Second set: *Osaka 1-6, 2-3 Azarenka
Azarenka delivers her most imperious hold yet, cracking a pair of aces and an 82mph second-serve service winner.
Second set: Osaka 1-6, 2-2 Azarenka*
Osaka holds from love-15, pounding a pair of 109mph aces along the way to consolidate the break for 2-all. Osaka has been serving an average of 12mph faster than Azarenka on the day, but she’s got only 70% of her first serves in (compared to 90% for Vika).
Osaka breaks in third game of second set!
Second set: *Osaka 1-6, 1-2 Azarenka
Osaka pushes back to 40-30 on the serve of Azarenka, who’s hit three winners in the game already. But Osaka gets it to deuce with a forehand winner, then rips a forehand that Azarenka can’t handle for her first break point of the match. And she converts it with an assist from Azarenka’s fourth unforced error of this set – after making only three in the entire opener.
Azarenka breaks in second game of second set!
Second set: Osaka 1-6, 0-2 Azarenka*
Osaka’s bad day at the office takes a turn for the worse as she falls behind love-15 then 15-40 on her serve, handing Azarenka two points for a break for 2-love. Osaka saves the first with her first ace of the afternoon, 93mph down the middle. But Azarenka converts with a backhand winner on the following point and she’s out in front in the second set.
Azarenka wins first set, 6-1!
Azarenka breaks in seventh game of first set!
First set: Osaka 1-6 Azarenka
Osaka chips in unforced error No 13 on her serve and suddenly Azarenka is three points from the set. Osaka responds with a backhand winner and a 93mph service winner, only for Azarenka to push it to deuce. From there Azarenka closes out the set, breaking Osaka for the third time in 26 minutes with a backhand winner.
First set: *Osaka 1-5 Azarenka
Osaka continues to fritter the opener away, mixing in her 10th and 11th unforced errors as Azarenka races out to 40-15. Osaka pushes it to deuce with an Azarenka error followed by a forehand volley winner to settle a 10-shot rally. But Azarenka holds easily from there to consolidate the break and Osaka will serve to stay in the first set.
Azarenka breaks in fifth game of first set!
First set: Osaka 1-4 Azarenka*
Azarenka pushes it to 30-all on Osaka’s serve after Osaka’s eighth unforced error (against two winners). Then Osaka mixes in her second double fault of the day for break point … and Azarenka converts it when Osaka pushes a forehand long early in a baseline rally. Vika goes up a double break after only 17 minutes. Osaka’s serve far beneath the standard we’ve become accustomed to seeing in this tournament (or either of her previous two grand slam finals).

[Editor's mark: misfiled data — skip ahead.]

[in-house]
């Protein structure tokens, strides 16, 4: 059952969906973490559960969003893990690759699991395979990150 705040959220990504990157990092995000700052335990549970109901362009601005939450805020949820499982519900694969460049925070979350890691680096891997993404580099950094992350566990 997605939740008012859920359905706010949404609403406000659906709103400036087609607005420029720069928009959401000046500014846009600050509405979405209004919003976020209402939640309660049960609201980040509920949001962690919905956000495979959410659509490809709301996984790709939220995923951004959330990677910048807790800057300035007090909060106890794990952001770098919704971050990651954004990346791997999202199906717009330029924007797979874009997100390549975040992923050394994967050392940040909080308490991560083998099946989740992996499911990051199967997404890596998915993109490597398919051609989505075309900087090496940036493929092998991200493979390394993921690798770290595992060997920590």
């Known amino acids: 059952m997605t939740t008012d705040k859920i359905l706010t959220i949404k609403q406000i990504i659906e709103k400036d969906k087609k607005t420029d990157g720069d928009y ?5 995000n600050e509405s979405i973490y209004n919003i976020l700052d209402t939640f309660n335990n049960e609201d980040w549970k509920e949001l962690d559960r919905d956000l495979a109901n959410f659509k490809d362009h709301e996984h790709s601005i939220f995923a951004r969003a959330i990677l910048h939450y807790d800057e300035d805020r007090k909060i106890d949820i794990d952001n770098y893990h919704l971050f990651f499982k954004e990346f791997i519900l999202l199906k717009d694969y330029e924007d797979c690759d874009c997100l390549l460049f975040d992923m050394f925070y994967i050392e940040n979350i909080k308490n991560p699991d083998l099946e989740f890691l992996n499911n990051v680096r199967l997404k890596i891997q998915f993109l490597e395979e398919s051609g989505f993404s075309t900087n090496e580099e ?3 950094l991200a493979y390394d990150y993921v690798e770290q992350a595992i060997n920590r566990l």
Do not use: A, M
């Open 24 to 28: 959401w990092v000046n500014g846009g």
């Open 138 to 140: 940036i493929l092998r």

First set: *Osaka 1-3 Azarenka
Azarenka stays out in front after breezing to another easy hold. She’s won eight of the nine points on her serve.
First set: Osaka 1-2 Azarenka*
Osaka makes her sixth unforced error of the afternoon on a baseline forehand for 15-all, but rattles off the next three points on her serve to close out the straightforward hold and get on the board.
First set: *Osaka 0-2 Azarenka
Azarenka backs up the break comfortably with a love hold. A promising start to her first major final in seven years.
Azarenka breaks in first game of first set!
First set: Osaka 0-1 Azarenka*
A scratchy service game to start for Osaka, who opens with an unforced error off her forehand at the end of a 12-stroke baseline rally. She hits a baseline winner on the next point only quickly go down 15-40, hands Azarenka a pair of early break-point chances. She saves the first of them, but gifts Azarenka the break with another forehand misfire on the second.
The players are finishing their warm-ups and we should be under way momentarily. Osaka came on court wearing a facemask with the name of Tamir Rice, the 12-year old black boy who was shot by Cleveland police in 2014, as part of her fortnight-long tribute.
Tale of the tape
Hello and welcome to Arthur Ashe Stadium for today’s US Open women’s singles final between Naomi Osaka and Victoria Azarenka. The two hottest players on the WTA tour since the sport resumed after a five-month hiatus – both former world No 1s, both two-time grand slam champions – are minutes away from taking the court with each in search of a third career major title.
Here’s a look at how today’s finalists compare. Osaka holds a 2-1 lead in the all-time head-to-head, winning their most recent meeting at last year’s French Open. They were due to meet a fourth time in the final of last week’s Western & Southern Open, but Osaka withdrew because of an injured left hamstring.